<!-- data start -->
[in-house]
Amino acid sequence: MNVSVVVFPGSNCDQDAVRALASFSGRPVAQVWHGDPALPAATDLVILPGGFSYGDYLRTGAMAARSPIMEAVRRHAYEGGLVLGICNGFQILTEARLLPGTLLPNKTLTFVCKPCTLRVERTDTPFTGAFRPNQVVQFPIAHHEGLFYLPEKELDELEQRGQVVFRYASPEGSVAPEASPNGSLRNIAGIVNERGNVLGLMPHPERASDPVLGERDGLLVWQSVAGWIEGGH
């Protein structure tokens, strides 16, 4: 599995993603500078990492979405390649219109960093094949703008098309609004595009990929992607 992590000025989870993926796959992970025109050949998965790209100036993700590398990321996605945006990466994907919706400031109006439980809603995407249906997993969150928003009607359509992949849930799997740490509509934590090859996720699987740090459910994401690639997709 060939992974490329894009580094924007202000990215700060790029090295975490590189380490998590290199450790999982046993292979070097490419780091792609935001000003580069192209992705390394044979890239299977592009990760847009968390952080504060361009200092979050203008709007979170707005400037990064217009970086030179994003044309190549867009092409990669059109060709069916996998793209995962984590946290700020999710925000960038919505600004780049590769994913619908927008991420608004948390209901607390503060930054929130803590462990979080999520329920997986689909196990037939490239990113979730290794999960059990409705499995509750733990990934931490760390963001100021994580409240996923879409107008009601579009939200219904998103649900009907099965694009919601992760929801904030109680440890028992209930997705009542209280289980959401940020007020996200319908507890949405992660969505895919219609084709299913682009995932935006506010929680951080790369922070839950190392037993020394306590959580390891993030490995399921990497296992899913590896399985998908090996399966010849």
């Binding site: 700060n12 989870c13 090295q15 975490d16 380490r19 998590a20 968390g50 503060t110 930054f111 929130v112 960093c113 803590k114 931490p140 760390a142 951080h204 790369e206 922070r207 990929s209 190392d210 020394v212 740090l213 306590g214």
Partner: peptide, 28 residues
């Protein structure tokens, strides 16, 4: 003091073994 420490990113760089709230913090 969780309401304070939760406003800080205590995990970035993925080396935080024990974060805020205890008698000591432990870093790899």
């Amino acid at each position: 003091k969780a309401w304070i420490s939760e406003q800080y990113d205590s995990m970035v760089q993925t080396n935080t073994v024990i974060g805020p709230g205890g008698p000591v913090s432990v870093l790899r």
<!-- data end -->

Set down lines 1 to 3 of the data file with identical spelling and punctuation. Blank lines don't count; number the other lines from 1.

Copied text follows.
[in-house]
Amino acid sequence: MNVSVVVFPGSNCDQDAVRALASFSGRPVAQVWHGDPALPAATDLVILPGGFSYGDYLRTGAMAARSPIMEAVRRHAYEGGLVLGICNGFQILTEARLLPGTLLPNKTLTFVCKPCTLRVERTDTPFTGAFRPNQVVQFPIAHHEGLFYLPEKELDELEQRGQVVFRYASPEGSVAPEASPNGSLRNIAGIVNERGNVLGLMPHPERASDPVLGERDGLLVWQSVAGWIEGGH
């Protein structure tokens, strides 16, 4: 599995993603500078990492979405390649219109960093094949703008098309609004595009990929992607 992590000025989870993926796959992970025109050949998965790209100036993700590398990321996605945006990466994907919706400031109006439980809603995407249906997993969150928003009607359509992949849930799997740490509509934590090859996720699987740090459910994401690639997709 060939992974490329894009580094924007202000990215700060790029090295975490590189380490998590290199450790999982046993292979070097490419780091792609935001000003580069192209992705390394044979890239299977592009990760847009968390952080504060361009200092979050203008709007979170707005400037990064217009970086030179994003044309190549867009092409990669059109060709069916996998793209995962984590946290700020999710925000960038919505600004780049590769994913619908927008991420608004948390209901607390503060930054929130803590462990979080999520329920997986689909196990037939490239990113979730290794999960059990409705499995509750733990990934931490760390963001100021994580409240996923879409107008009601579009939200219904998103649900009907099965694009919601992760929801904030109680440890028992209930997705009542209280289980959401940020007020996200319908507890949405992660969505895919219609084709299913682009995932935006506010929680951080790369922070839950190392037993020394306590959580390891993030490995399921990497296992899913590896399985998908090996399966010849």